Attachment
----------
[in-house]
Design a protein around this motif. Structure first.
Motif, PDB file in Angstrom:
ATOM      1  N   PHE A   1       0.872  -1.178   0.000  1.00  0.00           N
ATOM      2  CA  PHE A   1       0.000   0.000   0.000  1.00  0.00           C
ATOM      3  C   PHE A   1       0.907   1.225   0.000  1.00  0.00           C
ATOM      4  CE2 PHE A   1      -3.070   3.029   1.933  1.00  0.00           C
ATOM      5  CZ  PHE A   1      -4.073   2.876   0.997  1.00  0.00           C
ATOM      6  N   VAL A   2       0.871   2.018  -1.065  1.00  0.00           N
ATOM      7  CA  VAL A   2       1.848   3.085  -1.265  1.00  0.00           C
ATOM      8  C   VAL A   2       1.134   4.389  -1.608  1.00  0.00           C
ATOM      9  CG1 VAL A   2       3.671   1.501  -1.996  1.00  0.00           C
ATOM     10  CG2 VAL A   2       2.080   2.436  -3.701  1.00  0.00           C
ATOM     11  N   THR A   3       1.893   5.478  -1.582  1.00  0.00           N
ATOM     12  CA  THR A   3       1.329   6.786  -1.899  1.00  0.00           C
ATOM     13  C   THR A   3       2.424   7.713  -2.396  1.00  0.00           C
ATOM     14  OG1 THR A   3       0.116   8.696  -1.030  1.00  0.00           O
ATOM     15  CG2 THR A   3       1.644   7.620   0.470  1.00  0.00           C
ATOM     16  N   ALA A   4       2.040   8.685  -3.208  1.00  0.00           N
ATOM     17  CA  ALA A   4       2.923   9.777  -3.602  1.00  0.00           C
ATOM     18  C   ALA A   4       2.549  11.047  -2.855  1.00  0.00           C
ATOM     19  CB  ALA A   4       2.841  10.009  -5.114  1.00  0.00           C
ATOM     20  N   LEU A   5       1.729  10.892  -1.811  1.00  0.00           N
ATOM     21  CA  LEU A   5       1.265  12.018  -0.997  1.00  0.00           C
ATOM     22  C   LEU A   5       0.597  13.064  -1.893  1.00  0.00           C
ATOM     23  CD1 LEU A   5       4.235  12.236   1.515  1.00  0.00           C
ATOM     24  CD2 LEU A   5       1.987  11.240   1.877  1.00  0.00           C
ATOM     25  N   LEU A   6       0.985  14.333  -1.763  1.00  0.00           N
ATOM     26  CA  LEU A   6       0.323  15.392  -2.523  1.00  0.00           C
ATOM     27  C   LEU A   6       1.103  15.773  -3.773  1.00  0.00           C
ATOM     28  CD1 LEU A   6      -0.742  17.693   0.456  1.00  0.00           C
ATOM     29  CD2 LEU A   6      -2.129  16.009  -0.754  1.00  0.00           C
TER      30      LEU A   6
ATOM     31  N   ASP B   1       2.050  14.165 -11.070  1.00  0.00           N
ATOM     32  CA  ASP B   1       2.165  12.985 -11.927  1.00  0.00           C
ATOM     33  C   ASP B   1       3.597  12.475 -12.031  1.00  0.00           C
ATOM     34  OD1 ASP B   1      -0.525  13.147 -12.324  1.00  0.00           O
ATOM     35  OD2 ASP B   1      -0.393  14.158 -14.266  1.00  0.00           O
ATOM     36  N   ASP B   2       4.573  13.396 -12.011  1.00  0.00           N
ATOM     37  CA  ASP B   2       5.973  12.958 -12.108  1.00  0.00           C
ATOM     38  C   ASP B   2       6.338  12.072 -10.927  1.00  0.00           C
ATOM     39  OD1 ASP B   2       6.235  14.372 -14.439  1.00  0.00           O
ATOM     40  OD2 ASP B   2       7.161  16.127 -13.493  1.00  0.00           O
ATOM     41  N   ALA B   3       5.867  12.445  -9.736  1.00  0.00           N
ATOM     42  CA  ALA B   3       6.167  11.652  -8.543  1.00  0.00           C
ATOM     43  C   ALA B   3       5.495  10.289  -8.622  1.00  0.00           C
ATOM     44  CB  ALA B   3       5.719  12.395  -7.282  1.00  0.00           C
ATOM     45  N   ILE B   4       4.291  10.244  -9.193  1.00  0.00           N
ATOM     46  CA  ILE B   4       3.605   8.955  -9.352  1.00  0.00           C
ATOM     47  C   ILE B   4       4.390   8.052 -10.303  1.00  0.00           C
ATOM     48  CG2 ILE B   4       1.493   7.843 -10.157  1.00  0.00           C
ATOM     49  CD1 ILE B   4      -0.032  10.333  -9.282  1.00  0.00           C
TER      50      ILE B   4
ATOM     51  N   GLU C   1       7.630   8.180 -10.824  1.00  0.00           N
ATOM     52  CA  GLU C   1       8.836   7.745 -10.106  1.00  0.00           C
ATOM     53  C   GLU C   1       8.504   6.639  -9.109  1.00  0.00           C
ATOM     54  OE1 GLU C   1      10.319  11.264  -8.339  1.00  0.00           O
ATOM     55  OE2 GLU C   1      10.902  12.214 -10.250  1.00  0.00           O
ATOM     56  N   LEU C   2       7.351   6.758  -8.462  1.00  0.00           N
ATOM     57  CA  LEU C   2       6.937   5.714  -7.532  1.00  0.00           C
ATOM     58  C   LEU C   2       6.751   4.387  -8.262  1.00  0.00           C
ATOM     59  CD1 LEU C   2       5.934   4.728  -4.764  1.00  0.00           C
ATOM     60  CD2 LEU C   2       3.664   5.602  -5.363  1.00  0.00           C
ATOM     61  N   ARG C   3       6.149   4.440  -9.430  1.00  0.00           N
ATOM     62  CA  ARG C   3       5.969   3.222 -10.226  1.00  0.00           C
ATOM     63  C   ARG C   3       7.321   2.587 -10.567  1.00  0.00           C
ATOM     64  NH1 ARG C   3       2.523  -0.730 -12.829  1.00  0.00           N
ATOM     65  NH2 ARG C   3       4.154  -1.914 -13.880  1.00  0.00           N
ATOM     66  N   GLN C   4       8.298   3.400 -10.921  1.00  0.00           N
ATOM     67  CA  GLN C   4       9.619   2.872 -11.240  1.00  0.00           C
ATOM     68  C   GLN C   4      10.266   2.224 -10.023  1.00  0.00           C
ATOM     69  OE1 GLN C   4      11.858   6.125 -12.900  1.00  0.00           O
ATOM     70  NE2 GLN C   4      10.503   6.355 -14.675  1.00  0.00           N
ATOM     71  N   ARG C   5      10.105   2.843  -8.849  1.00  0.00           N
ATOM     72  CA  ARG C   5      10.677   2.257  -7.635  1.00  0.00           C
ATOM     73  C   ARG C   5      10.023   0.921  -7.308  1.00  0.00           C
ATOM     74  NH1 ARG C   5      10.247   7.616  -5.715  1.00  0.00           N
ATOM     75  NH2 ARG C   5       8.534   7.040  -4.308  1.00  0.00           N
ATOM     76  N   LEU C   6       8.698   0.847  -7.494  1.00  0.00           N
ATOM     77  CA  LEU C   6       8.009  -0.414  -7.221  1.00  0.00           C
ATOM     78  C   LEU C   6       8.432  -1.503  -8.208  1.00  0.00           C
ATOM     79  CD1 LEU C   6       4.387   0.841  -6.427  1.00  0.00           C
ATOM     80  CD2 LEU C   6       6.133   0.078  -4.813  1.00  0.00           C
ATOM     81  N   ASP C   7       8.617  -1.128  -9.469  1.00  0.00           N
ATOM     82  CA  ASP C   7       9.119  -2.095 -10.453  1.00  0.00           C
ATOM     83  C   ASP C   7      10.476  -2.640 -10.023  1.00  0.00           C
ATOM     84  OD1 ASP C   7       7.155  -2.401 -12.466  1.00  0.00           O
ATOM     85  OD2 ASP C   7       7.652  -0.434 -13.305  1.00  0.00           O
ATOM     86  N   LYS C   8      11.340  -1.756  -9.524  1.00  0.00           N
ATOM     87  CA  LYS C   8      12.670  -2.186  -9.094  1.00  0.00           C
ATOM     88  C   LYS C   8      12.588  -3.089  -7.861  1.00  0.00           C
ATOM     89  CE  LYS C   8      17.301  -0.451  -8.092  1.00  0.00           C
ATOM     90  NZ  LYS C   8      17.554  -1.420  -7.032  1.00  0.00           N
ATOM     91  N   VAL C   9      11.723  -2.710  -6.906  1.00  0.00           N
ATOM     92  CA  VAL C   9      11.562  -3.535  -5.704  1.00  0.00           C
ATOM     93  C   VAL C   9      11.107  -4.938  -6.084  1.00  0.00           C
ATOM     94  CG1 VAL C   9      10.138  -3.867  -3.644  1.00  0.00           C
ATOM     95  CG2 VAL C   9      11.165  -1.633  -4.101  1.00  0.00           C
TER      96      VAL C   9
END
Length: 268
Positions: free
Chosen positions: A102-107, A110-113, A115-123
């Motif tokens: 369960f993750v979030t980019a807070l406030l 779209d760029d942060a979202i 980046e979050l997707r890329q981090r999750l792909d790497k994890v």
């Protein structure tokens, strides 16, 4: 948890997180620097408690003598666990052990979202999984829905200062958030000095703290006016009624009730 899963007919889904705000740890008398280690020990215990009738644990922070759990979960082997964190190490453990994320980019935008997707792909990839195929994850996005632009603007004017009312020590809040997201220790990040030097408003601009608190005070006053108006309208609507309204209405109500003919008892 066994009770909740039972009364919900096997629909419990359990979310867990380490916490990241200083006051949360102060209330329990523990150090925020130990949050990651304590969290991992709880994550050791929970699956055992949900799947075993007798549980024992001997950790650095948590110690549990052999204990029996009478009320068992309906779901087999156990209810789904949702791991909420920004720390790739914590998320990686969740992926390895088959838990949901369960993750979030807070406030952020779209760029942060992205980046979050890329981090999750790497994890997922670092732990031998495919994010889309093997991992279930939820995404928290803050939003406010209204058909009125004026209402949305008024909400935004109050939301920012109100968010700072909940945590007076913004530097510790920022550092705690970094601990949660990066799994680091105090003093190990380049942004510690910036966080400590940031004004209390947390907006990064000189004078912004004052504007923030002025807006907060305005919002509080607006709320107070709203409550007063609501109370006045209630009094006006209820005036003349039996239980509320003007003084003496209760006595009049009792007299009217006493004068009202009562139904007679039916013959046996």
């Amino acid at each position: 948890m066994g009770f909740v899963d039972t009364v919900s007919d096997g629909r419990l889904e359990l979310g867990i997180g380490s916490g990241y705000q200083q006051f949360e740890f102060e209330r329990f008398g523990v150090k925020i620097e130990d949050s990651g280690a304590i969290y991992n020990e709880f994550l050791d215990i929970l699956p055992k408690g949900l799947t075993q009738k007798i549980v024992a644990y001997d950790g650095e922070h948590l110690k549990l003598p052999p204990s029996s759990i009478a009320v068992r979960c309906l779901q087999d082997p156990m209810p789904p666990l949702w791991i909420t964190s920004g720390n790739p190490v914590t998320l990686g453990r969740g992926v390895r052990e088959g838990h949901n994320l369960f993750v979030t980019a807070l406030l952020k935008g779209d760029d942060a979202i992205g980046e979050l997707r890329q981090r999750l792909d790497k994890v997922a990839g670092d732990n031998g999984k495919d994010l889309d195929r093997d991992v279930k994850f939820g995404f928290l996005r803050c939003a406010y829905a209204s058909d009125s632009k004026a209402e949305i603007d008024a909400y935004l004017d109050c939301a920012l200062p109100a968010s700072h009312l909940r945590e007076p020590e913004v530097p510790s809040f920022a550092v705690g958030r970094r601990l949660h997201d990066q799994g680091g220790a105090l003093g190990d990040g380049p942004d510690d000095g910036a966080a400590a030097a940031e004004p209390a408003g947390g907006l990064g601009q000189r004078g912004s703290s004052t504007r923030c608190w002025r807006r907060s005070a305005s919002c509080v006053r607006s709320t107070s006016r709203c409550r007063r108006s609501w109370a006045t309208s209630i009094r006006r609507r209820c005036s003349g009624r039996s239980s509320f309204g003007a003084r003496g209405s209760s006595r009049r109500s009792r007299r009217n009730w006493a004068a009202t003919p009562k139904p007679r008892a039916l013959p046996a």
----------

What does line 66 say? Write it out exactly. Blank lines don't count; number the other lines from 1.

ATOM     63  C   ARG C   3       7.321   2.587 -10.567  1.00  0.00           C